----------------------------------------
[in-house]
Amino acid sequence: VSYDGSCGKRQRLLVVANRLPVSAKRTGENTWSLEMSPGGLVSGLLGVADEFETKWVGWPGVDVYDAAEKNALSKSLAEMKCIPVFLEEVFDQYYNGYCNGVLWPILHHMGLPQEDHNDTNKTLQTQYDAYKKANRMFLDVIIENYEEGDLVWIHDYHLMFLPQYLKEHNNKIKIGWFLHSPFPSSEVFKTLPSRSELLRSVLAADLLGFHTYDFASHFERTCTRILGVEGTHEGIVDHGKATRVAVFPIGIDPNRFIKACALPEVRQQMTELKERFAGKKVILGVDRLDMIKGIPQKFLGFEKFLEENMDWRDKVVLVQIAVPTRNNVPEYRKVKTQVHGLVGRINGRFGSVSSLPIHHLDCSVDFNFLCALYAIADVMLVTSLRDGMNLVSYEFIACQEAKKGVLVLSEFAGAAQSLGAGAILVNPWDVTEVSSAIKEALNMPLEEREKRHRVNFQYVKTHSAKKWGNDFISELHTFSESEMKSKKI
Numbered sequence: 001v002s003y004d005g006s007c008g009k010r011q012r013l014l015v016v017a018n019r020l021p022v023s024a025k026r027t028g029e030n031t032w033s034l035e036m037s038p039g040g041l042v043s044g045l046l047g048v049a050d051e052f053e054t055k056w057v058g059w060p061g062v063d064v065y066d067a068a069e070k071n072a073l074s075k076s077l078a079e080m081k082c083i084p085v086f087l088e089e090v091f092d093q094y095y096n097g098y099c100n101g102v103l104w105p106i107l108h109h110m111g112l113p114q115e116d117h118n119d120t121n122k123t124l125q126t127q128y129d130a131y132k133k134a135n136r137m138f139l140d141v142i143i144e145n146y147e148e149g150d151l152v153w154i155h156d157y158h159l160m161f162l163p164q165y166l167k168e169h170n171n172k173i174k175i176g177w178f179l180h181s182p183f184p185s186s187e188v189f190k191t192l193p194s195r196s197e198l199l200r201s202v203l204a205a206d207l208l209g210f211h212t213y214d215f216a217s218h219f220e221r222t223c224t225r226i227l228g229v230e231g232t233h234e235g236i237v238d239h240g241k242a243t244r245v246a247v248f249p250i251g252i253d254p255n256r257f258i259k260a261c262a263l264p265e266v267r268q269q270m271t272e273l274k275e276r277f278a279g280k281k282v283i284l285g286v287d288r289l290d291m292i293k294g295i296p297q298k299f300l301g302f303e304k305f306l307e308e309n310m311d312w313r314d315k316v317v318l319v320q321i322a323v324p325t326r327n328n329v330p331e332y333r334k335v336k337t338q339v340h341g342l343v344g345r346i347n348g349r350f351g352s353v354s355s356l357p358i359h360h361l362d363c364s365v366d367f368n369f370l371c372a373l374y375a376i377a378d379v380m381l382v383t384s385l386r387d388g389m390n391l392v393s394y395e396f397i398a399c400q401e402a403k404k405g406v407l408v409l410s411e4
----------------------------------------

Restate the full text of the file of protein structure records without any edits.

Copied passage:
[in-house]
Amino acid sequence: VSYDGSCGKRQRLLVVANRLPVSAKRTGENTWSLEMSPGGLVSGLLGVADEFETKWVGWPGVDVYDAAEKNALSKSLAEMKCIPVFLEEVFDQYYNGYCNGVLWPILHHMGLPQEDHNDTNKTLQTQYDAYKKANRMFLDVIIENYEEGDLVWIHDYHLMFLPQYLKEHNNKIKIGWFLHSPFPSSEVFKTLPSRSELLRSVLAADLLGFHTYDFASHFERTCTRILGVEGTHEGIVDHGKATRVAVFPIGIDPNRFIKACALPEVRQQMTELKERFAGKKVILGVDRLDMIKGIPQKFLGFEKFLEENMDWRDKVVLVQIAVPTRNNVPEYRKVKTQVHGLVGRINGRFGSVSSLPIHHLDCSVDFNFLCALYAIADVMLVTSLRDGMNLVSYEFIACQEAKKGVLVLSEFAGAAQSLGAGAILVNPWDVTEVSSAIKEALNMPLEEREKRHRVNFQYVKTHSAKKWGNDFISELHTFSESEMKSKKI
Numbered sequence: 001v002s003y004d005g006s007c008g009k010r011q012r013l014l015v016v017a018n019r020l021p022v023s024a025k026r027t028g029e030n031t032w033s034l035e036m037s038p039g040g041l042v043s044g045l046l047g048v049a050d051e052f053e054t055k056w057v058g059w060p061g062v063d064v065y066d067a068a069e070k071n072a073l074s075k076s077l078a079e080m081k082c083i084p085v086f087l088e089e090v091f092d093q094y095y096n097g098y099c100n101g102v103l104w105p106i107l108h109h110m111g112l113p114q115e116d117h118n119d120t121n122k123t124l125q126t127q128y129d130a131y132k133k134a135n136r137m138f139l140d141v142i143i144e145n146y147e148e149g150d151l152v153w154i155h156d157y158h159l160m161f162l163p164q165y166l167k168e169h170n171n172k173i174k175i176g177w178f179l180h181s182p183f184p185s186s187e188v189f190k191t192l193p194s195r196s197e198l199l200r201s202v203l204a205a206d207l208l209g210f211h212t213y214d215f216a217s218h219f220e221r222t223c224t225r226i227l228g229v230e231g232t233h234e235g236i237v238d239h240g241k242a243t244r245v246a247v248f249p250i251g252i253d254p255n256r257f258i259k260a261c262a263l264p265e266v267r268q269q270m271t272e273l274k275e276r277f278a279g280k281k282v283i284l285g286v287d288r289l290d291m292i293k294g295i296p297q298k299f300l301g302f303e304k305f306l307e308e309n310m311d312w313r314d315k316v317v318l319v320q321i322a323v324p325t326r327n328n329v330p331e332y333r334k335v336k337t338q339v340h341g342l343v344g345r346i347n348g349r350f351g352s353v354s355s356l357p358i359h360h361l362d363c364s365v366d367f368n369f370l371c372a373l374y375a376i377a378d379v380m381l382v383t384s385l386r387d388g389m390n391l392v393s394y395e396f397i398a399c400q401e402a403k404k405g406v407l408v409l410s411e4